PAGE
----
Nusa Tenggara:: Sade, a Sasak village on South Lombok

Nusa Tenggara, Lombok, Sade. Village life, Sasak style. (Photo Bjorn Grotting)

Nusa Tenggara, Lombok, Sade. Village life, Sasak style. (Photo Bjorn Grotting)

A visit to a traditional Sasak village is a necessary part of your trip to Lombok. There are two villages like this a few kilometers north of Kuta, called Rembitan and Sade. Even if some of these traditional villages today may have become tourist traps a visit can be an interesting experience.

All the guides, souvenir sellers and donations to the village is something you will have to tolerate, this is an important income and maybe you help preserve a culture which otherwise would have disappeared?

Nusa Tenggara, Lombok, Sade. Sade village. A sasak child playing in the rain. (Bjorn Grotting)

Nusa Tenggara, Lombok, Sade. Sade village. A sasak child playing in the rain. (Photo Bjorn Grotting)

Rumors has it that Sade is built by the government just to trick money from the tourists, but this is probably not true; the people here are following the old “desa adat” traditions, even if they in some ways have adapted to modern times. The population is about 500, who makes a living of farming and selling “ikat”-textiles to the tourists. The inhabitants has to follow very strict rules, it is not allowed to marry outside the village and they are following the Wektu Telu religion, a form of Islam mixed with Hindu and old animist beliefs.

Nusa Tenggara, Lombok, Sade. Lumbung. A storage for rice and other food, called lumbung. Sade village (Bjorn Grotting)

Nusa Tenggara, Lombok, Sade. Lumbung. A storage for rice and other food, called lumbung. Sade village (Bjorn Grotting)

There are only three types of buildings in Sade (three is a very important number in the Wektu Telu religion); a large “beruga” or traditional ceremony hall with six pillars, “lumbung” with four pillars for storage of rice and other food, and “bale tani” which is used as living quarters. The roofs are covered by alang-alang (elephant grass) and constructed in order to keep the temperature inside cool on hot days and warm on cooler days. Other Sasak villages has tried to use bricks for construction, but these houses proved to be humid and unhealthy.

The buildings are made of three main components, wood for the pillars and the framework, bamboo for the walls and alang-alang for the roof. No nails or tools of metal is used during the construction period, still the buildings are quite solid and will give sufficient protection against the weather and wild animals. Each house is between 4 to 6 meter long, and split in three sections; kitchen, sleeping room and living room.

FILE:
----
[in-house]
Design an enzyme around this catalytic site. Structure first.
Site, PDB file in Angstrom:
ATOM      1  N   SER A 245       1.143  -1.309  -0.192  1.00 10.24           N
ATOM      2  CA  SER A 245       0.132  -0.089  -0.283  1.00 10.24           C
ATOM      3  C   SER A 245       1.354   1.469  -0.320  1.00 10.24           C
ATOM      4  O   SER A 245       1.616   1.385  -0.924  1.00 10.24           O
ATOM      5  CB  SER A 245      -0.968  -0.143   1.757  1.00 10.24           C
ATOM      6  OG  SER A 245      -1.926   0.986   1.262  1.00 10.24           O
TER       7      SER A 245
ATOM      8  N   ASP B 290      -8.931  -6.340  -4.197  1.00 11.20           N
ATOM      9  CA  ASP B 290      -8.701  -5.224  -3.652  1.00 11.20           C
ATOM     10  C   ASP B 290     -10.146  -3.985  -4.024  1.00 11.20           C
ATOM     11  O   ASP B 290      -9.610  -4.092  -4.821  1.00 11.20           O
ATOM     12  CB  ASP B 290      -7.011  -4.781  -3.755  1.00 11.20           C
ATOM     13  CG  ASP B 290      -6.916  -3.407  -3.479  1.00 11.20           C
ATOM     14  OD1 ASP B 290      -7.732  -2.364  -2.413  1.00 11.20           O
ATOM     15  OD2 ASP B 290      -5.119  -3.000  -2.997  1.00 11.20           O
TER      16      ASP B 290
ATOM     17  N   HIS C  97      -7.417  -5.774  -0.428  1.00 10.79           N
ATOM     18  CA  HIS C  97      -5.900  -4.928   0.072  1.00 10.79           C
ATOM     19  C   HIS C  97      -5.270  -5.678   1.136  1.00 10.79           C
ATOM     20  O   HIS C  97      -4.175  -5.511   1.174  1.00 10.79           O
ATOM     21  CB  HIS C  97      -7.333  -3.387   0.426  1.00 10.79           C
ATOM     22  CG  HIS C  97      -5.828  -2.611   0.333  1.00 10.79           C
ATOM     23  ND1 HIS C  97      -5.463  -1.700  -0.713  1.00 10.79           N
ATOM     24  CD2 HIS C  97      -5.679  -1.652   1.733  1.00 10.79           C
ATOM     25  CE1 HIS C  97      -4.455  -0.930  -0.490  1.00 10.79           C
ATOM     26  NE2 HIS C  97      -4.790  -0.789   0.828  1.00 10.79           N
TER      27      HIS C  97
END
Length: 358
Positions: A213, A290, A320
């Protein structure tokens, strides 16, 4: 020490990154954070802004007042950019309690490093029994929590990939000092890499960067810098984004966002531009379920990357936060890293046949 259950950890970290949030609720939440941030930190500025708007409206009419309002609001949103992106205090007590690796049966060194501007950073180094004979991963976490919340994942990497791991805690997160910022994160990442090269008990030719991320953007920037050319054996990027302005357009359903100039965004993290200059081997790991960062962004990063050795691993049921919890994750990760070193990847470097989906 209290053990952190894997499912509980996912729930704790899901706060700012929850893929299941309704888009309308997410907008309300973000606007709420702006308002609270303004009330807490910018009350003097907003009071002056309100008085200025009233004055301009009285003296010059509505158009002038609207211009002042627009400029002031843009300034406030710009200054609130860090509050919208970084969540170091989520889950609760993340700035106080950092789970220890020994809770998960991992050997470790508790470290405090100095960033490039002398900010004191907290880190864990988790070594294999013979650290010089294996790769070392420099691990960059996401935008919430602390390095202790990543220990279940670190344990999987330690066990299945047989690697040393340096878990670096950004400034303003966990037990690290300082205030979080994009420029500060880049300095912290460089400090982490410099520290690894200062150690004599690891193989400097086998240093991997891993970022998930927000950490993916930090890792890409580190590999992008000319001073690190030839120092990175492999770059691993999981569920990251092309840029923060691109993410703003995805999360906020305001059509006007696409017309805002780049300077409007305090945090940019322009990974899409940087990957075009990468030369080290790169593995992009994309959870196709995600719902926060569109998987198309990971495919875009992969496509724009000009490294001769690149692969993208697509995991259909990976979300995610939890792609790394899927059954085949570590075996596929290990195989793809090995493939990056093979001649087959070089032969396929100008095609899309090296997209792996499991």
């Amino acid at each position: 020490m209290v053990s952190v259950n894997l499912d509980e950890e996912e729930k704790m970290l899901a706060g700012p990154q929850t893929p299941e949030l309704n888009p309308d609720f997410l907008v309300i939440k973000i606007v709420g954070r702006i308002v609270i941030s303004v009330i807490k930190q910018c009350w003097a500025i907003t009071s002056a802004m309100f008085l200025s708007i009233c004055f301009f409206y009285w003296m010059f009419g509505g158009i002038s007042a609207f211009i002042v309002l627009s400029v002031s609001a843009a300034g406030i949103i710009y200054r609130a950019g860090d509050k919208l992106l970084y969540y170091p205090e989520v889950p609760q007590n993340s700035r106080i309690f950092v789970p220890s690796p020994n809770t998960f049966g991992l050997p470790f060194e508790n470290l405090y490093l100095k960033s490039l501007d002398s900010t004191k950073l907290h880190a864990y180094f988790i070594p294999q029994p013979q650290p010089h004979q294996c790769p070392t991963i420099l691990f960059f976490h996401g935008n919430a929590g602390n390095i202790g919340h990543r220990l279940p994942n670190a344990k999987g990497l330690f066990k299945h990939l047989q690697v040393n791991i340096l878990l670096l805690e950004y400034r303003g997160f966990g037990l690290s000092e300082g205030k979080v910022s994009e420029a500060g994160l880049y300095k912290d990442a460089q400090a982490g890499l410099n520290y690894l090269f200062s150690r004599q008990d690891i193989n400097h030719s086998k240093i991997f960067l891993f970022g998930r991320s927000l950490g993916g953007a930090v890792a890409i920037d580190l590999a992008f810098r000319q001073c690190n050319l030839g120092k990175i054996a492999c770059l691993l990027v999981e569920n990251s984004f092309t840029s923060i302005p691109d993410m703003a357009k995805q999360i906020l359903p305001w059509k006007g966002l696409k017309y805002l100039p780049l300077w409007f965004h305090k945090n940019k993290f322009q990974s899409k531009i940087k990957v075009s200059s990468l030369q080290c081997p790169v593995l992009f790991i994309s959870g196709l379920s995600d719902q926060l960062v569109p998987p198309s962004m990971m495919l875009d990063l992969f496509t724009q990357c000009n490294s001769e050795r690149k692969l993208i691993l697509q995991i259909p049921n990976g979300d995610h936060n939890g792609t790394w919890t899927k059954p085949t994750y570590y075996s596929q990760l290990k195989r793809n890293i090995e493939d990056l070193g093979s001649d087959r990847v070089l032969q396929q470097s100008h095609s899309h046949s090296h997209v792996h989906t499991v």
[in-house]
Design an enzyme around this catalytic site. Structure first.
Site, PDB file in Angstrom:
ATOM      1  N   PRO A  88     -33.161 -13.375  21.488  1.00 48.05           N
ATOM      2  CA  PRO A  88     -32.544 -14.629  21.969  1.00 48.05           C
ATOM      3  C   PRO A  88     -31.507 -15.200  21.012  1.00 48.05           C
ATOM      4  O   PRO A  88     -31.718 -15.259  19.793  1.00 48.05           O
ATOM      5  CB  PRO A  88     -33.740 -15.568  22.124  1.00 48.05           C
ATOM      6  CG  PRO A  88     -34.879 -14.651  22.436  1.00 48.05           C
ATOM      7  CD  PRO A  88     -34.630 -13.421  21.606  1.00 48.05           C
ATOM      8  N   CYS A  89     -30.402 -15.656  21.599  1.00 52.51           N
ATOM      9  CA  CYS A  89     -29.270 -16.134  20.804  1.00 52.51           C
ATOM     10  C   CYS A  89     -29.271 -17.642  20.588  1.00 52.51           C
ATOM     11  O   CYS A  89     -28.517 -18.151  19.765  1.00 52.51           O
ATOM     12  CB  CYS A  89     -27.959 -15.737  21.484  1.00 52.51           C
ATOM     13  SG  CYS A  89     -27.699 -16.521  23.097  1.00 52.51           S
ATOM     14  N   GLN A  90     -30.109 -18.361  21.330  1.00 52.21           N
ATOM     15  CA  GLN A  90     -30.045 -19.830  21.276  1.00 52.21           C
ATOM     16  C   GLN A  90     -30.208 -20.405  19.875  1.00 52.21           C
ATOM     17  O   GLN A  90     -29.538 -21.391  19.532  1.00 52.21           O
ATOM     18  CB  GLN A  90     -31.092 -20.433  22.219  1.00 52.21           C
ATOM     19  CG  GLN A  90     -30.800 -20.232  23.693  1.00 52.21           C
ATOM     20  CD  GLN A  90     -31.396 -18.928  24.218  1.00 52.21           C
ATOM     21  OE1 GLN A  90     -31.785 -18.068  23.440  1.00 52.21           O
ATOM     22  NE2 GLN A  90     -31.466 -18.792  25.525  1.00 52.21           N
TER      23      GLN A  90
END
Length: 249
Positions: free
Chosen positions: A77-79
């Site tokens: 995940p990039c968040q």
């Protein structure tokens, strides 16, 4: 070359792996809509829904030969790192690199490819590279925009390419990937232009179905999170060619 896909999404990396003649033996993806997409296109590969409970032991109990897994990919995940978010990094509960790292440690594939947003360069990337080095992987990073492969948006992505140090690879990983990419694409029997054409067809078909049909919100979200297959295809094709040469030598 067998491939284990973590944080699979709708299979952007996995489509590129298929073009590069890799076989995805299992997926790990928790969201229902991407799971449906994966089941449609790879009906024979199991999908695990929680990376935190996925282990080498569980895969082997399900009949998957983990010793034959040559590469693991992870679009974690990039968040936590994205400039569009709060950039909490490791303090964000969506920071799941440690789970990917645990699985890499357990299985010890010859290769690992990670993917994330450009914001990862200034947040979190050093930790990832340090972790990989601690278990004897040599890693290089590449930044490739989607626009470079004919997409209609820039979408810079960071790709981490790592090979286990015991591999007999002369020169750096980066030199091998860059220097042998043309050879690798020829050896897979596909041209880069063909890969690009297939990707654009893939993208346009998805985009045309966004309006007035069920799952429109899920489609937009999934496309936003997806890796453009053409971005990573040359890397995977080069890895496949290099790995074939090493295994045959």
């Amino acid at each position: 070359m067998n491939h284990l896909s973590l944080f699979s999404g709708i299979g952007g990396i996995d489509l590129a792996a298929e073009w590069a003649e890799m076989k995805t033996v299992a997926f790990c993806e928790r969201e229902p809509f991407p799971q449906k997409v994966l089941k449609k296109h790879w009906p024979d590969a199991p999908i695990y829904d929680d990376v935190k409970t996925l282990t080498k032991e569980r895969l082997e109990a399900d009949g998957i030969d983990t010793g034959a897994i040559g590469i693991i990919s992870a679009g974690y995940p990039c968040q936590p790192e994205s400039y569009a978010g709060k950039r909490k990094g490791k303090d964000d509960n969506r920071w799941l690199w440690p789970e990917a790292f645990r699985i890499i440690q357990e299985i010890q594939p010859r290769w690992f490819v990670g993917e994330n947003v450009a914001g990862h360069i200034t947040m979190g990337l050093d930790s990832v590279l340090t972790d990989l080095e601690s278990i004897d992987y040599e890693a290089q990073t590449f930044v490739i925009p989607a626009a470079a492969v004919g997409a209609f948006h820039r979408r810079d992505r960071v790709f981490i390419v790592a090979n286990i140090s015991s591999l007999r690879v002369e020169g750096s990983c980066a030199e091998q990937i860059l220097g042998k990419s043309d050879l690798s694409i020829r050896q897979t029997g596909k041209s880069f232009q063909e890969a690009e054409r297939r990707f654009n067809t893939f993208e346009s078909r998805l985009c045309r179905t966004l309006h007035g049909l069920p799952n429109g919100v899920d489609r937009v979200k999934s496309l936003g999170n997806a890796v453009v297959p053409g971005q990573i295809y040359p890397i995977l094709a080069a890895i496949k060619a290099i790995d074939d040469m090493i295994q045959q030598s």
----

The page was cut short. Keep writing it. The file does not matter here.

Nusa Tenggara, Lombok, Sade. Sade village. A Sasak family in a traditional Sasak house. (Bjorn Grotting)

Nusa Tenggara, Lombok, Sade. Sade village. A Sasak family in a traditional Sasak house. (Photo Bjorn Grotting)

The start of the construction of a new house is taken seriously, first all necessary materials and tools have to be gathered, then a “kyai” (a religious teacher) is consulted to find the best day to start. Normally this day falls on a date with an odd number, and the event is announced by beating on a bamboo gong in the village so everybody knows what’s going on and can give a helping hand. The first day all framework and pillars are expected to be completed, if not this will bring bad luck. ¨

A kyai spread seeds on the site at the end of the first day and perform some special prayers. The ceremony ends with a dinner where everyone takes part. A properly built Sasak house can last more than ten years.

Nusa Tenggara, Lombok, Sade. Drying of rice. In the background a beruga, a TV set is sponsored by the government, which can draw 200 people here every evening. Sade village. (Bjorn Grotting)

Nusa Tenggara, Lombok, Sade. Drying of rice. In the background a beruga, a TV set is sponsored by the government, which can draw 200 people here every evening. Sade village. (Photo Bjorn Grotting)

In old days the villagers only lived of the fish they could catch in the sea and the few cattle they owned. Only during the wet season were they able to grow something on the rice fields, if the rain was delayed famine occurred all over the island. To have some alternative income the women started to weave, and today these ikat-textiles are increasingly popular among the tourists. More modern methods has made farming possible also in the dry season.

Nusa Tenggara, Lombok, Sade. Sade village. The jak fruit is a close relative to breadfruit, and can be very large. It is eatable and tastes quite good. (Bjorn Grotting)

Nusa Tenggara, Lombok, Sade. Sade village. The jak fruit is a close relative to breadfruit, and can be very large. It is eatable and tastes quite good. (Photo Bjorn Grotting)

A traditional Sasak family do not live exactly as we are used to, the head of the family do not normally sleep inside the house. The men is supposed to sleep outside under the stars, in a lumbung or on a balcony outside the house. Only women and children will sleep inside. When a boy is 12 he must follow his fathers example.

 

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